26-Oct-2011
Date of Publication:
17-Oct-2011
Sponsors:
Western Institute of Nursing

Full metadata record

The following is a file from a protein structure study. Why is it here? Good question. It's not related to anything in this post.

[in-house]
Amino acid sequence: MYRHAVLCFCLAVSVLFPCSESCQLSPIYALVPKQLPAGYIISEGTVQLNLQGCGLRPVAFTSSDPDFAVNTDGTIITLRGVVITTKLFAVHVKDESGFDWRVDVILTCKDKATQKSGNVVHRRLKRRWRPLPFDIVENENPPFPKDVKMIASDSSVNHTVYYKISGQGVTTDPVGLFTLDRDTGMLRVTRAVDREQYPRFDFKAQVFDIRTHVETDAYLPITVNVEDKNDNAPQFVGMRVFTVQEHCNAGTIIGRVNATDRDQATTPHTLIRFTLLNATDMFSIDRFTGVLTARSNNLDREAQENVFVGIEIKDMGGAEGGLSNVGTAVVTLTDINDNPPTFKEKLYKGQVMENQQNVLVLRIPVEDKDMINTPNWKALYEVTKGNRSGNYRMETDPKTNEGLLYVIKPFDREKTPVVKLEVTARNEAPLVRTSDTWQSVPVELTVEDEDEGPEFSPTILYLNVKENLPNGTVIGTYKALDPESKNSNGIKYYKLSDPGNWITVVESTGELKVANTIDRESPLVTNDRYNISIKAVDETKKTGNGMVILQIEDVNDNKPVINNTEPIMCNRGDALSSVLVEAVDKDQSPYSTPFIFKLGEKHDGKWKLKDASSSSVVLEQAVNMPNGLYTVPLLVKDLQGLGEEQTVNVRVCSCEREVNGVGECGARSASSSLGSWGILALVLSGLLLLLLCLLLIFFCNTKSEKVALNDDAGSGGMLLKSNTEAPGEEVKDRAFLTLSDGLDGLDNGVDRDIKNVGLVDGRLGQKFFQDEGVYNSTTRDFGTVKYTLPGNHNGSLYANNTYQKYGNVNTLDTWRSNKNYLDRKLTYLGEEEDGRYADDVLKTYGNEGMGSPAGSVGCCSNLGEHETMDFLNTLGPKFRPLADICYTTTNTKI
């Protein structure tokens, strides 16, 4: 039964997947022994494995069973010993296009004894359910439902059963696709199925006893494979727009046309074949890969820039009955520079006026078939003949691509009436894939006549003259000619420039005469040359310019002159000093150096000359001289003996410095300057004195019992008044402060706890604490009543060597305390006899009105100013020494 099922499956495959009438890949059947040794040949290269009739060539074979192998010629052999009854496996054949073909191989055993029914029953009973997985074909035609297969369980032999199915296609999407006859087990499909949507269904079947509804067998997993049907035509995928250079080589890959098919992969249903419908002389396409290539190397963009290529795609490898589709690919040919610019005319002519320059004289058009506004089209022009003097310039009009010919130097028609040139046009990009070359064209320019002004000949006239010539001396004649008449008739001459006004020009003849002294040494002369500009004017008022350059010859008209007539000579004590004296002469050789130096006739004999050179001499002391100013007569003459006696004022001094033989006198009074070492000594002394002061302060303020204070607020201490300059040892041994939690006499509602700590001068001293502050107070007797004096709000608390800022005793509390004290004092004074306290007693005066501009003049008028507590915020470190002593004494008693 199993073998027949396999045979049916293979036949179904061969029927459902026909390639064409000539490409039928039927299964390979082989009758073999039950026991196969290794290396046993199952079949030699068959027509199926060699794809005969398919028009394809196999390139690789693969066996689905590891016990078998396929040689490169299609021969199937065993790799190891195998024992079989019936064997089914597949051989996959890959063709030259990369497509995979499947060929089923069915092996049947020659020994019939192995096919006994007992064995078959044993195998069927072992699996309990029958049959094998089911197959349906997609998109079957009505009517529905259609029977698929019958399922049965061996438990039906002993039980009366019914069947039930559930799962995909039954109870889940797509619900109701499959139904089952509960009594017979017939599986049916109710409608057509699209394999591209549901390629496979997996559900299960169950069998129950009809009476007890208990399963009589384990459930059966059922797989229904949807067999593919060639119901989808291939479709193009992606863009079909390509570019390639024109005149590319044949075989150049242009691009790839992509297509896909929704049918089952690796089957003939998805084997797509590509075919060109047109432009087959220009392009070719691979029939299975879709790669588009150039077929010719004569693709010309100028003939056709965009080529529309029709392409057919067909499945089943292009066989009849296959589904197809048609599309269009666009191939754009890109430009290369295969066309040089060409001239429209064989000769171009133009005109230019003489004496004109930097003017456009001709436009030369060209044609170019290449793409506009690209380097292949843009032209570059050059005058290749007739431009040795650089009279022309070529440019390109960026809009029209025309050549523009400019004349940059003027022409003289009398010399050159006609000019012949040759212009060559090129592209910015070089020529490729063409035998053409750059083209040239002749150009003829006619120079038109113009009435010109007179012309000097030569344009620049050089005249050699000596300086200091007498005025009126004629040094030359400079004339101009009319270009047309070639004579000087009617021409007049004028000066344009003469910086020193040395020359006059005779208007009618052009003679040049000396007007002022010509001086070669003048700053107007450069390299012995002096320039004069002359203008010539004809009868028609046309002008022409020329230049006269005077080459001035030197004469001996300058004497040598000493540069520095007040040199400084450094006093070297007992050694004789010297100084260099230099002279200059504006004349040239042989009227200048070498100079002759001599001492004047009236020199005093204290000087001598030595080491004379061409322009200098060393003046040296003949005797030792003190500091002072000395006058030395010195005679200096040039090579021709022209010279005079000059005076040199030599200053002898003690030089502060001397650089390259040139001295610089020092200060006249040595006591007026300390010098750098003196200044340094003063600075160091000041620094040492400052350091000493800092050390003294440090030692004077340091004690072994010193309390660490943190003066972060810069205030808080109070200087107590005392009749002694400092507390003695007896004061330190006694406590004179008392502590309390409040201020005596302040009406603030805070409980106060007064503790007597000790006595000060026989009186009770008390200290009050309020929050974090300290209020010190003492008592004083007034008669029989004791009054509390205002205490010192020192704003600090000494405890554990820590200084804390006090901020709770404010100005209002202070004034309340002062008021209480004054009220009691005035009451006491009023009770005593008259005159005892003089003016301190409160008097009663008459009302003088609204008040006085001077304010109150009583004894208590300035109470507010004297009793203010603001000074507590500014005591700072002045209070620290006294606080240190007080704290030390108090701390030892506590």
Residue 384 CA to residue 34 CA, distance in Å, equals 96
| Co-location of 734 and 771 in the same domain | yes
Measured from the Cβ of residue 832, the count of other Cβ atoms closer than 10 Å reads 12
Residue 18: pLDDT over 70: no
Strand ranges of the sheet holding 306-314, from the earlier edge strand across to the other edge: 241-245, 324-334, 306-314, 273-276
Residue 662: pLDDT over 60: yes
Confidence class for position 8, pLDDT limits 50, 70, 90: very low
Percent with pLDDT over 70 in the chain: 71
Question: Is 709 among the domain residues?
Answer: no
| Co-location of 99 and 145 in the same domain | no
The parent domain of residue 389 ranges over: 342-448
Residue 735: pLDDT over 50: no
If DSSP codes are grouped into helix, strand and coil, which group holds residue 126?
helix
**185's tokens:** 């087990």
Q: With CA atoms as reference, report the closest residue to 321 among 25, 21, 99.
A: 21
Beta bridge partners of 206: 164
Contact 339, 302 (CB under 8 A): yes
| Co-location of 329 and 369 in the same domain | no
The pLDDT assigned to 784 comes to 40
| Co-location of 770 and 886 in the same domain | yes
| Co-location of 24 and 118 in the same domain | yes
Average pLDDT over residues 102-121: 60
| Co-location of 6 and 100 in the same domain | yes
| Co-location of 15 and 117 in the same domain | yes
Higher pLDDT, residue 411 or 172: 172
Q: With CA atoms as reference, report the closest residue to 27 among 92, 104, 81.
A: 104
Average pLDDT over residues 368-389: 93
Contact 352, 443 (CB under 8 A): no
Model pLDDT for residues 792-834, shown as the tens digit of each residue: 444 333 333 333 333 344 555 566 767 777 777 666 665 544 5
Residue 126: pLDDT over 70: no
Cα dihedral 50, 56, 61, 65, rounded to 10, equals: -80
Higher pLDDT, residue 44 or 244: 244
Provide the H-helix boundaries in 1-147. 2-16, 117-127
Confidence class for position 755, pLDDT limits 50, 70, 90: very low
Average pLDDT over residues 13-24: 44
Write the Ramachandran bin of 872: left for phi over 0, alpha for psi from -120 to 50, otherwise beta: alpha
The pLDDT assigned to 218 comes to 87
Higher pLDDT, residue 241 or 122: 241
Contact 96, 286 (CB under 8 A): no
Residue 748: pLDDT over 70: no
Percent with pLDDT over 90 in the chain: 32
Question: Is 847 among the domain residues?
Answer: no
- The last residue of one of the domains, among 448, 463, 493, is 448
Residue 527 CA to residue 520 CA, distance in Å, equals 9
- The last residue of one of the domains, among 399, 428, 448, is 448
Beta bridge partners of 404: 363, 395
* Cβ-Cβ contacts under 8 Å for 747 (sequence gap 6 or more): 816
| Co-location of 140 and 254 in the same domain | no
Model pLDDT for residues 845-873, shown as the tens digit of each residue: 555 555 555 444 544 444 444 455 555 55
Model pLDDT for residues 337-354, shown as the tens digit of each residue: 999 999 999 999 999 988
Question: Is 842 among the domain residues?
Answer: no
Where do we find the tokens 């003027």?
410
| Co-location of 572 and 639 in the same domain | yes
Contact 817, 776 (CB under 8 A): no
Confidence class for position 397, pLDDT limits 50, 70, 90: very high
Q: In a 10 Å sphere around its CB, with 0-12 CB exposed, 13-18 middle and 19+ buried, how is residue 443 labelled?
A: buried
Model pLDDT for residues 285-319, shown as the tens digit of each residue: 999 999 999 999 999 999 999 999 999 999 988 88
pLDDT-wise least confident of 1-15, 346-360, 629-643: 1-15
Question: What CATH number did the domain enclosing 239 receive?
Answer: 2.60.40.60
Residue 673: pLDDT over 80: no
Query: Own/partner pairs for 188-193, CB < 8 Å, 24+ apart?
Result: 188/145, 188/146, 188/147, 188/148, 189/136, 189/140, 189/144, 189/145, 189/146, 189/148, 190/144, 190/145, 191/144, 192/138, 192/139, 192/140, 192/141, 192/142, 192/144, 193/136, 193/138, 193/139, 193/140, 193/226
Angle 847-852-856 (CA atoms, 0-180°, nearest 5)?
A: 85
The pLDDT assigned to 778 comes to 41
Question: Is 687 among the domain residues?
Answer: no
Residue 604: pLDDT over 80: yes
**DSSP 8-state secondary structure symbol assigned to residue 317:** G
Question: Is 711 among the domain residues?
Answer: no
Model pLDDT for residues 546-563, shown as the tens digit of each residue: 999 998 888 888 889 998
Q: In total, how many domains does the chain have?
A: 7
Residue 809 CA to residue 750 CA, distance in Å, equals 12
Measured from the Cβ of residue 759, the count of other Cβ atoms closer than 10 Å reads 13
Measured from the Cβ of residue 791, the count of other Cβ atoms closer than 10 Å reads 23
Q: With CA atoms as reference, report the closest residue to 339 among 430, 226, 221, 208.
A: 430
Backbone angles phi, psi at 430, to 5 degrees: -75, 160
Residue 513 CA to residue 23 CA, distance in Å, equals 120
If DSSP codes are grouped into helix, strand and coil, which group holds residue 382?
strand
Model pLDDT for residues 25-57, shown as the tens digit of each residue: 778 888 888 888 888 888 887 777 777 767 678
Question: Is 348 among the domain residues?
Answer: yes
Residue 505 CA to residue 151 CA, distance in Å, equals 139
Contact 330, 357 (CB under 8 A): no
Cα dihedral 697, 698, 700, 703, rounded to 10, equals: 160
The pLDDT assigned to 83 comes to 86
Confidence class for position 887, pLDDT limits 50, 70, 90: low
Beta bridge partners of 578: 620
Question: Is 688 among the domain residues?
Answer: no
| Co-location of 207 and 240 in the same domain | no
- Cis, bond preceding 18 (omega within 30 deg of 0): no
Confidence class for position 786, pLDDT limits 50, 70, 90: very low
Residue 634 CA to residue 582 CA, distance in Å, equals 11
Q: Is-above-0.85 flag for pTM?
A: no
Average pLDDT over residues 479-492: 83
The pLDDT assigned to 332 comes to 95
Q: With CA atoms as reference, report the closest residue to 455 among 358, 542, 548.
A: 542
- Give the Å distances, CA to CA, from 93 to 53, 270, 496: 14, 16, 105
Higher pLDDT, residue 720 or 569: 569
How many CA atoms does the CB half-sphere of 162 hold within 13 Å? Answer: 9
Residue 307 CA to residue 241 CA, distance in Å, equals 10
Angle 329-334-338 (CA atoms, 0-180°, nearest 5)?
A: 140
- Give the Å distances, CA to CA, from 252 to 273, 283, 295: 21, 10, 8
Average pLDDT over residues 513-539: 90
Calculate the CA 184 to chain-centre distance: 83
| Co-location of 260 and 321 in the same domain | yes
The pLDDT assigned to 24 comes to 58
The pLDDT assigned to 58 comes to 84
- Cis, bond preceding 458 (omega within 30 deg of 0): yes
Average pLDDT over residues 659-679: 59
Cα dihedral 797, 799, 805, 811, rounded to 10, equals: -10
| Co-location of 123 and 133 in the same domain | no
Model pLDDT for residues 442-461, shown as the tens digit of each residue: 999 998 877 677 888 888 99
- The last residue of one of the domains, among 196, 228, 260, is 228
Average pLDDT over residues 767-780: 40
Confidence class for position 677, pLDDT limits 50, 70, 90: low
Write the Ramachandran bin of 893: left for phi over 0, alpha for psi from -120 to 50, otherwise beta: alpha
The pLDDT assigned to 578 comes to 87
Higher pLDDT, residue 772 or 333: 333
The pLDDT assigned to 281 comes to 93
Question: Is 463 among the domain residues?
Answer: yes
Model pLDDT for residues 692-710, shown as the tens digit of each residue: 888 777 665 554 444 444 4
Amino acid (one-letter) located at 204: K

DC FieldValue Language
dc.typePresentationen_GB
dc.titleFoster Children's Traumatic Transitionsen_GB
dc.identifier.urihttp://hdl.handle.net/10755/158050-